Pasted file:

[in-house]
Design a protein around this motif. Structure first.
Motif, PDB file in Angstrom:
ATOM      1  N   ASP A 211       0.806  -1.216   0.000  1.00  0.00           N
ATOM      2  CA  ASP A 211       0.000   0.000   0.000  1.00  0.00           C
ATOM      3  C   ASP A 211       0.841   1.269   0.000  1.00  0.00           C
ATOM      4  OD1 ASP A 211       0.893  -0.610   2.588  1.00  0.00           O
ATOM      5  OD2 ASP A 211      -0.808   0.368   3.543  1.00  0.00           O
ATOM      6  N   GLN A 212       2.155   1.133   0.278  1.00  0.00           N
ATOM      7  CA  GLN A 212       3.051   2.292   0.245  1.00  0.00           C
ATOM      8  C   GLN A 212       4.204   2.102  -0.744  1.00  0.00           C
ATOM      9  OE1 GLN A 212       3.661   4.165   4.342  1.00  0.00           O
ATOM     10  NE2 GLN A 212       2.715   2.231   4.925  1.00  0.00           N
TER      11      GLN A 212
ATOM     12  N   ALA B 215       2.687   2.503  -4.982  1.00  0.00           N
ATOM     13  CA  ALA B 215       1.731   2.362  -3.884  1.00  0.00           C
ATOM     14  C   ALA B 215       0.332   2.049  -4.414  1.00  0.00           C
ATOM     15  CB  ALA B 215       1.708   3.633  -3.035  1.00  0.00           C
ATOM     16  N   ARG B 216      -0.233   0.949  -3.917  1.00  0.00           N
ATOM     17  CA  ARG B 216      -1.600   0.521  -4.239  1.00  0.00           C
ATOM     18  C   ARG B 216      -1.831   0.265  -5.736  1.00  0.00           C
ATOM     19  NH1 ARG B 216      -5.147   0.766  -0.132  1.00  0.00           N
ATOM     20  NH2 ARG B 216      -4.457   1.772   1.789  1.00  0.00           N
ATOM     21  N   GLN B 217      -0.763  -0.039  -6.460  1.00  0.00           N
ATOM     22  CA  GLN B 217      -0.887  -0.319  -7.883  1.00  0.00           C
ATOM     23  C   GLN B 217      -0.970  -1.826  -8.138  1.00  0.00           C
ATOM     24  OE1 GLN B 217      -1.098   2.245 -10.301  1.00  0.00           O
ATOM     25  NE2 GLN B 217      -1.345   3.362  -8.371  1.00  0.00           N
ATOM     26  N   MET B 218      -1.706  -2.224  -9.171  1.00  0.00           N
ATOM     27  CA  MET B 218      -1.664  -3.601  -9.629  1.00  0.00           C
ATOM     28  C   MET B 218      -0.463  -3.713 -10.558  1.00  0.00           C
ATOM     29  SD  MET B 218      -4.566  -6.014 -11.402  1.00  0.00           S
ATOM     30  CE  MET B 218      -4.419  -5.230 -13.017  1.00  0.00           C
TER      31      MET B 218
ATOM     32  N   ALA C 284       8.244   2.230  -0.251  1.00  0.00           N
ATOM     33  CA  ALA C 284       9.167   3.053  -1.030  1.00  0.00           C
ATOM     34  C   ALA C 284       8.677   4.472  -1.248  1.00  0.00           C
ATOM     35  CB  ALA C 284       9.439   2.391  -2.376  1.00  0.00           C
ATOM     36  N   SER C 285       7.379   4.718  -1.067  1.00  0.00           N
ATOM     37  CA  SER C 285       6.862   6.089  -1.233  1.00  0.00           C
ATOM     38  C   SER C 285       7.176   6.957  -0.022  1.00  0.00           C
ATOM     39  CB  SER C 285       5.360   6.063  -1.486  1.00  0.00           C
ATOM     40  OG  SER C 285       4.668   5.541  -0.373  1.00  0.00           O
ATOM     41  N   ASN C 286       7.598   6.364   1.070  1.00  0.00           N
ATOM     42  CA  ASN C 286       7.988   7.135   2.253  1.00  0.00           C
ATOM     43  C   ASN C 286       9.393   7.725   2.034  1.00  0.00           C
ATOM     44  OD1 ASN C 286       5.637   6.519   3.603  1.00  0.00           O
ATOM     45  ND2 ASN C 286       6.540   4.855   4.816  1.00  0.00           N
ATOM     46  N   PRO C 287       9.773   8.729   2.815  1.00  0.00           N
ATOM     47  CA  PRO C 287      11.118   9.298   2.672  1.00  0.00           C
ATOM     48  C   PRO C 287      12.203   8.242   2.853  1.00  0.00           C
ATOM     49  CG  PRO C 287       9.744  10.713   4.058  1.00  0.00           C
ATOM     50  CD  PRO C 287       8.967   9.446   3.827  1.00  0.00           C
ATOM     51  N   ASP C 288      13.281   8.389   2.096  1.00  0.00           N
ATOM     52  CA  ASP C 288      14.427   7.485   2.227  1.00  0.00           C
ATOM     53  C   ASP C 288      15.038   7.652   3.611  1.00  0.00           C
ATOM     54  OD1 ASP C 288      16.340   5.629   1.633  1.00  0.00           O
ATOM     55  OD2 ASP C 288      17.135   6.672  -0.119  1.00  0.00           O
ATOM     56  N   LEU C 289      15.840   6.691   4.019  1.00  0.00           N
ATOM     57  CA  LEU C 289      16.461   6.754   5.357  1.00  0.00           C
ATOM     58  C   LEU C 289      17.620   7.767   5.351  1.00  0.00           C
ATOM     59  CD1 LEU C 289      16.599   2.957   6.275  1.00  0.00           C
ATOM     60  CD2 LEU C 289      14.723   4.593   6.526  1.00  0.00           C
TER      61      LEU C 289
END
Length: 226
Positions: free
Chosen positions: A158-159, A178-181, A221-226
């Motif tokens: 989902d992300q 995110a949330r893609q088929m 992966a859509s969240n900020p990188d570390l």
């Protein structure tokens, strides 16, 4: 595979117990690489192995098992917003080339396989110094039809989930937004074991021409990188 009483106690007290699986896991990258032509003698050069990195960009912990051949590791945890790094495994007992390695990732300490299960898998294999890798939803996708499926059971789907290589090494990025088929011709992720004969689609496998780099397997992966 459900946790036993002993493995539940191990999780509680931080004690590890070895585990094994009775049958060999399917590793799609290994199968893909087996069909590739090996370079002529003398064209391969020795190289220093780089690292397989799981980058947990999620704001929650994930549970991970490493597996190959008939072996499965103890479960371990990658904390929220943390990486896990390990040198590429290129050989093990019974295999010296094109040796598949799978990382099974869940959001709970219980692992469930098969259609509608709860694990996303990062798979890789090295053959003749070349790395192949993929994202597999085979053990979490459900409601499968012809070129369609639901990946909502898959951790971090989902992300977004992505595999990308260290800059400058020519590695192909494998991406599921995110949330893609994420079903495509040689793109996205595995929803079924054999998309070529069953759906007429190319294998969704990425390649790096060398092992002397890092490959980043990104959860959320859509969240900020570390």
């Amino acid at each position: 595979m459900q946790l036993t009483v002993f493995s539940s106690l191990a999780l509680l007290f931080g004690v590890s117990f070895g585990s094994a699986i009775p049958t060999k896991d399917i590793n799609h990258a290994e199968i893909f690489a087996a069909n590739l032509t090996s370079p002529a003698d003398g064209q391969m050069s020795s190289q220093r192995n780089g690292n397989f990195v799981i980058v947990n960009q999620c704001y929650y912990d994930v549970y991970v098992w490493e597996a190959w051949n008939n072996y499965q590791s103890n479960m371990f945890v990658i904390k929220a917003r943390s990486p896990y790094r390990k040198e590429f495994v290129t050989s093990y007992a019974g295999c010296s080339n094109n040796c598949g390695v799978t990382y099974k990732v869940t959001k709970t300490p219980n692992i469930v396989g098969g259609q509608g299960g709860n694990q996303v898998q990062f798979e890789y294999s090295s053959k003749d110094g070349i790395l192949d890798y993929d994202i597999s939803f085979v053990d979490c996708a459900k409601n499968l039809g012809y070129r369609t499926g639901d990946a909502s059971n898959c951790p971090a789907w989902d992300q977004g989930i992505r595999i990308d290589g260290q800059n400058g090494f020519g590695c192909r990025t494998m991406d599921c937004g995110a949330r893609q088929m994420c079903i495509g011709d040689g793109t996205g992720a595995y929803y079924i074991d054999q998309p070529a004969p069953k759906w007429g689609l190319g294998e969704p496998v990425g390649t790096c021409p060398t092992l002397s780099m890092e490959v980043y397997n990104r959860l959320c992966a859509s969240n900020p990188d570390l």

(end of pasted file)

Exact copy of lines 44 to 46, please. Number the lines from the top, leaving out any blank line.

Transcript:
ATOM     41  N   ASN C 286       7.598   6.364   1.070  1.00  0.00           N
ATOM     42  CA  ASN C 286       7.988   7.135   2.253  1.00  0.00           C
ATOM     43  C   ASN C 286       9.393   7.725   2.034  1.00  0.00           C